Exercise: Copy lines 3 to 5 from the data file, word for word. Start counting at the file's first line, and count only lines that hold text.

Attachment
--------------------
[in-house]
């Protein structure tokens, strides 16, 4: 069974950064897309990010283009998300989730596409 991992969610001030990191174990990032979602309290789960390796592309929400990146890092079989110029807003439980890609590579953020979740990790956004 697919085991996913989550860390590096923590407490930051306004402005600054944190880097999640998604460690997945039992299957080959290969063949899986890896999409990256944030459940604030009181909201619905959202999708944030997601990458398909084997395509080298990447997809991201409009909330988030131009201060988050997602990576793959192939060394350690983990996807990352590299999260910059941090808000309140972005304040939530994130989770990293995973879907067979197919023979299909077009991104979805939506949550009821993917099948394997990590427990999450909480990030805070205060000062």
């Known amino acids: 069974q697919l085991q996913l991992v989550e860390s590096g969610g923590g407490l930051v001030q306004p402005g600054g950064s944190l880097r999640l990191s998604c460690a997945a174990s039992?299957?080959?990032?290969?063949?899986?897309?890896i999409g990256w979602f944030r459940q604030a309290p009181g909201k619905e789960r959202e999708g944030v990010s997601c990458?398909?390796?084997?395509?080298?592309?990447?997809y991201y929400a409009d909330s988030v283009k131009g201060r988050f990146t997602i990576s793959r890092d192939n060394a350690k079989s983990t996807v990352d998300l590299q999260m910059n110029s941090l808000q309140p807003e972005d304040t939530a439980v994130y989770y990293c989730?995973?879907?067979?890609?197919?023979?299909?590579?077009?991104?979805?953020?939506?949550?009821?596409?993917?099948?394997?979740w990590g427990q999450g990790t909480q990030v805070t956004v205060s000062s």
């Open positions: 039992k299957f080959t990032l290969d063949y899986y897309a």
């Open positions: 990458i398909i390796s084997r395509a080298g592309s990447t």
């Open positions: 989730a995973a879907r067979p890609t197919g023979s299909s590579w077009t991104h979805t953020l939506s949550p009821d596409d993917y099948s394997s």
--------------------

């Known amino acids: 069974q697919l085991q996913l991992v989550e860390s590096g969610g923590g407490l930051v001030q306004p402005g600054g950064s944190l880097r999640l990191s998604c460690a997945a174990s039992?299957?080959?990032?290969?063949?899986?897309?890896i999409g990256w979602f944030r459940q604030a309290p009181g909201k619905e789960r959202e999708g944030v990010s997601c990458?398909?390796?084997?395509?080298?592309?990447?997809y991201y929400a409009d909330s988030v283009k131009g201060r988050f990146t997602i990576s793959r890092d192939n060394a350690k079989s983990t996807v990352d998300l590299q999260m910059n110029s941090l808000q309140p807003e972005d304040t939530a439980v994130y989770y990293c989730?995973?879907?067979?890609?197919?023979?299909?590579?077009?991104?979805?953020?939506?949550?009821?596409?993917?099948?394997?979740w990590g427990q999450g990790t909480q990030v805070t956004v205060s000062s």
């Open positions: 039992k299957f080959t990032l290969d063949y899986y897309a």
């Open positions: 990458i398909i390796s084997r395509a080298g592309s990447t």